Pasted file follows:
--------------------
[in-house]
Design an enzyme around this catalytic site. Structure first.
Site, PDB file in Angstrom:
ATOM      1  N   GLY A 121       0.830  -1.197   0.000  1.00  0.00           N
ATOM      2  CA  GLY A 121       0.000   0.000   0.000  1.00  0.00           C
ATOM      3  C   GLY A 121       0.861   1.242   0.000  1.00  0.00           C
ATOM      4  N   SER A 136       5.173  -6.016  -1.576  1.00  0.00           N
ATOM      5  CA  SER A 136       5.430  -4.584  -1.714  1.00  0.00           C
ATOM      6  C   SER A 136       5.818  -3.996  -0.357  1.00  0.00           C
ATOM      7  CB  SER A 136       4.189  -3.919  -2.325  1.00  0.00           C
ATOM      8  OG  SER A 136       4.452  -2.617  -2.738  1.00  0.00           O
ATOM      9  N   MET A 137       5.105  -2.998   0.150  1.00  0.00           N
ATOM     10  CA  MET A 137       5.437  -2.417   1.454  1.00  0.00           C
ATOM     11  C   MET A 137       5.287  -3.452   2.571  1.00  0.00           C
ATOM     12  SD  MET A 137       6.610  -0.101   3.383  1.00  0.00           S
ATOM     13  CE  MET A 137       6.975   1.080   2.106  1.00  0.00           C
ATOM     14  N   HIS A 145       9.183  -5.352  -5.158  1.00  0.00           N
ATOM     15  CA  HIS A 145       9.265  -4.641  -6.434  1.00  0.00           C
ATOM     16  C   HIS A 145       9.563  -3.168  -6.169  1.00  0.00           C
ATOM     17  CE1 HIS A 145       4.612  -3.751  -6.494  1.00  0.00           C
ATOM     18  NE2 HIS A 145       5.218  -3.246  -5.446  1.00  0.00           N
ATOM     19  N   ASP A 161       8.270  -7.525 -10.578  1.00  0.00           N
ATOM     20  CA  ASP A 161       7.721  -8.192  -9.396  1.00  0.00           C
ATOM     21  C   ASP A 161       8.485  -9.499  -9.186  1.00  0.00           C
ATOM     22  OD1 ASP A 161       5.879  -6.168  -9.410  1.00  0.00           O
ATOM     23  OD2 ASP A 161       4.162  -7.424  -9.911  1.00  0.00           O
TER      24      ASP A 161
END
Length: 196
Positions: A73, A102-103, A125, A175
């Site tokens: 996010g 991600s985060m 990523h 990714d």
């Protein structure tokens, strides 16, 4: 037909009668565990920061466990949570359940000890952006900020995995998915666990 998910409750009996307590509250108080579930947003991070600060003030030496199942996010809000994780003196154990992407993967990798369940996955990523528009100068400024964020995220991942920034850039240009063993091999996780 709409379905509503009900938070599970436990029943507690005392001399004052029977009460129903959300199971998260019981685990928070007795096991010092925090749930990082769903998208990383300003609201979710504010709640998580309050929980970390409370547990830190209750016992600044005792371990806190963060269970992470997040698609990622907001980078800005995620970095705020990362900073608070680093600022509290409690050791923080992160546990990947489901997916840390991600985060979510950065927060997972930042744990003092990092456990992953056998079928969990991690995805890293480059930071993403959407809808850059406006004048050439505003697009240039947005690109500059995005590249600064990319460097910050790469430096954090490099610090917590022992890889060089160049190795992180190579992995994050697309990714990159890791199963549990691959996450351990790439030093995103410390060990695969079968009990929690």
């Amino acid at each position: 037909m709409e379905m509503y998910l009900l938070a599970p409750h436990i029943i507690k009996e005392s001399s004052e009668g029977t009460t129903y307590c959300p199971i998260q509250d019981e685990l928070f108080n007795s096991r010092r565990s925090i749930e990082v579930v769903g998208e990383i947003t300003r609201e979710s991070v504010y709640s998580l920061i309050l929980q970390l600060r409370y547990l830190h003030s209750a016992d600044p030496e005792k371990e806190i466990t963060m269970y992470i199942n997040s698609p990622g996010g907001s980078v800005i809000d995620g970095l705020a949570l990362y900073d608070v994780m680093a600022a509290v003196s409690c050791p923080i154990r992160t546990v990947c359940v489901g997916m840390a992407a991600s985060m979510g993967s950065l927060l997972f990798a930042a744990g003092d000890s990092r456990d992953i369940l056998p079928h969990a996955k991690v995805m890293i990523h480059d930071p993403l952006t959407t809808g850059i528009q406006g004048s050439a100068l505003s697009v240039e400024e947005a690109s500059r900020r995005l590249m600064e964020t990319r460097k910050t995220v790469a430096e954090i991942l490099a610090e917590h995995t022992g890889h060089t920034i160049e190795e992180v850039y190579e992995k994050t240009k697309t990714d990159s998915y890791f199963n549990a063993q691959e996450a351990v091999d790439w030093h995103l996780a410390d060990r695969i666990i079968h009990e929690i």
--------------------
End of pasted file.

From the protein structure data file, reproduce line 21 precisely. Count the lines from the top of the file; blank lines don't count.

ATOM     18  NE2 HIS A 145       5.218  -3.246  -5.446  1.00  0.00           N